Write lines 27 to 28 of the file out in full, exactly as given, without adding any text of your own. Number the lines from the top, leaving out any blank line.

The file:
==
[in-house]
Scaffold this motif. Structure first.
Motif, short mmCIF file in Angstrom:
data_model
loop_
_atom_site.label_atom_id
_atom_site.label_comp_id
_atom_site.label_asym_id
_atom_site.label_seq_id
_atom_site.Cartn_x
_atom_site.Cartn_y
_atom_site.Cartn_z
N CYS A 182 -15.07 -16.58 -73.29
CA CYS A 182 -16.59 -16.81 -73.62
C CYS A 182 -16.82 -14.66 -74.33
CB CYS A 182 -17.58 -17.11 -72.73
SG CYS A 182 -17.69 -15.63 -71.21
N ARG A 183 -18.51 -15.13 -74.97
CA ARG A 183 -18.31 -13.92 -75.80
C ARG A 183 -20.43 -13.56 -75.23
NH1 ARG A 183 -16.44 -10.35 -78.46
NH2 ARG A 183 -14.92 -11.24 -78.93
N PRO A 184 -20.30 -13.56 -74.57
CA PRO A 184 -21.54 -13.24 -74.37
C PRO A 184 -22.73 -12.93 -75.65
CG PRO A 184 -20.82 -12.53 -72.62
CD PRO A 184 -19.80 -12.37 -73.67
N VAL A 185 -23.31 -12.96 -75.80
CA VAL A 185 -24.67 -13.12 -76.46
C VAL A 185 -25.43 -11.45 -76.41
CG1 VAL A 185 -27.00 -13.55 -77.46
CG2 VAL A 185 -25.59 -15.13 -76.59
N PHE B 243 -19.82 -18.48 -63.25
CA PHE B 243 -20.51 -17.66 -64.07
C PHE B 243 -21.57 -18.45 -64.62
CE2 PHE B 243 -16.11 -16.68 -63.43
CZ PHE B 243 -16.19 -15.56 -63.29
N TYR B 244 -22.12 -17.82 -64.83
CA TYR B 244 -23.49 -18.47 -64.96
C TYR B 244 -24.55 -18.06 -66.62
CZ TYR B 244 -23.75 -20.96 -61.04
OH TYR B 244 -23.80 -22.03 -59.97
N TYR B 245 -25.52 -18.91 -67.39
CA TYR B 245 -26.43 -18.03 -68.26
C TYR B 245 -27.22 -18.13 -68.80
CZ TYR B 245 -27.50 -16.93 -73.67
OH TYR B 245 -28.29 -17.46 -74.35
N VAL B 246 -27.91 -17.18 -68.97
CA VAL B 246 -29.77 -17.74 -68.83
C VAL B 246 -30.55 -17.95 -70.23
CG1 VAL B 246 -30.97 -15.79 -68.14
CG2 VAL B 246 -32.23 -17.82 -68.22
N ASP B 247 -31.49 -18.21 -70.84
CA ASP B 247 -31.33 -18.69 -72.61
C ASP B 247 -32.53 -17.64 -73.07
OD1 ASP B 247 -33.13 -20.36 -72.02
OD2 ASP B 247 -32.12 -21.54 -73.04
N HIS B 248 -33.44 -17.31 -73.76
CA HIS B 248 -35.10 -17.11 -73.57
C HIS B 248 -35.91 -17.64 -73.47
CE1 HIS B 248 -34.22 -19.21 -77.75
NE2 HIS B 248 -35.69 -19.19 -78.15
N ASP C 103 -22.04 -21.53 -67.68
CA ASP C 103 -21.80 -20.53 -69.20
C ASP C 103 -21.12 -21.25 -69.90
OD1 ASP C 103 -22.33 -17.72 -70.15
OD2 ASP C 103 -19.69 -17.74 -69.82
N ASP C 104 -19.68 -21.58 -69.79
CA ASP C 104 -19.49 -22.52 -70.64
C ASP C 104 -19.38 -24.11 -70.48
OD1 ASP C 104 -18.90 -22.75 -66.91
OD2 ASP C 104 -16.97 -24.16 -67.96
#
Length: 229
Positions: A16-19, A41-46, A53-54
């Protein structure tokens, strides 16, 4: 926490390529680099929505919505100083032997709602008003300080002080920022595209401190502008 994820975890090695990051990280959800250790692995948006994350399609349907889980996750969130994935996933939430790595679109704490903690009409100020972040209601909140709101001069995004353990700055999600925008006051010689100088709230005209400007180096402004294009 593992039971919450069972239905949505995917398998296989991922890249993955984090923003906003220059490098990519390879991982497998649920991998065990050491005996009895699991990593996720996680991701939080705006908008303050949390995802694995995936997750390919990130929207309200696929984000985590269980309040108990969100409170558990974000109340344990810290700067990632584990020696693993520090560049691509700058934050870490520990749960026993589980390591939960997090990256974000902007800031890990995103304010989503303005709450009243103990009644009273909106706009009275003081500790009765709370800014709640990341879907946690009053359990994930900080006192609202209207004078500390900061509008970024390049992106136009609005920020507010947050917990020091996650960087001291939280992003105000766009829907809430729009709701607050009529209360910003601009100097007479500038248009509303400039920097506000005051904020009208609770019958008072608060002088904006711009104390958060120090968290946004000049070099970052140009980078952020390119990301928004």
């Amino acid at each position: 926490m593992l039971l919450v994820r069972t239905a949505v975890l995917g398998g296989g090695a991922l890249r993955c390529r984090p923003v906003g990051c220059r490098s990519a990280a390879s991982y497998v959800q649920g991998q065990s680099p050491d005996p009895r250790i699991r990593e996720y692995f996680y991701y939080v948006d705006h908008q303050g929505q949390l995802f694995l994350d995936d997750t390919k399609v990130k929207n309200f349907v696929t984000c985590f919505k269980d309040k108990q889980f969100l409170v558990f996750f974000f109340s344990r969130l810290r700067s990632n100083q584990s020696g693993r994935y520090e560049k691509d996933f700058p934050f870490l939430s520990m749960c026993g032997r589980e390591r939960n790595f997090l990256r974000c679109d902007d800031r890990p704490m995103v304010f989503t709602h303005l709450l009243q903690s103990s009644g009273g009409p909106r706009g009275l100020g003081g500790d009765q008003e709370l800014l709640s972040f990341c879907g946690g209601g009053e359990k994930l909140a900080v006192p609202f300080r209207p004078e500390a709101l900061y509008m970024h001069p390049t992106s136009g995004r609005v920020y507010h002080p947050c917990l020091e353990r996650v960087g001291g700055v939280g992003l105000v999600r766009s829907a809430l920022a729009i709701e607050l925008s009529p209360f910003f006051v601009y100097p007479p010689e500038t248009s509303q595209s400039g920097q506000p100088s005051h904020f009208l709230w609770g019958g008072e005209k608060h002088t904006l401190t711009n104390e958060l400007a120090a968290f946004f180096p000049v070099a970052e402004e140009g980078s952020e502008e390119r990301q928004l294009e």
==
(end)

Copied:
CD PRO A 184 -19.80 -12.37 -73.67
N VAL A 185 -23.31 -12.96 -75.80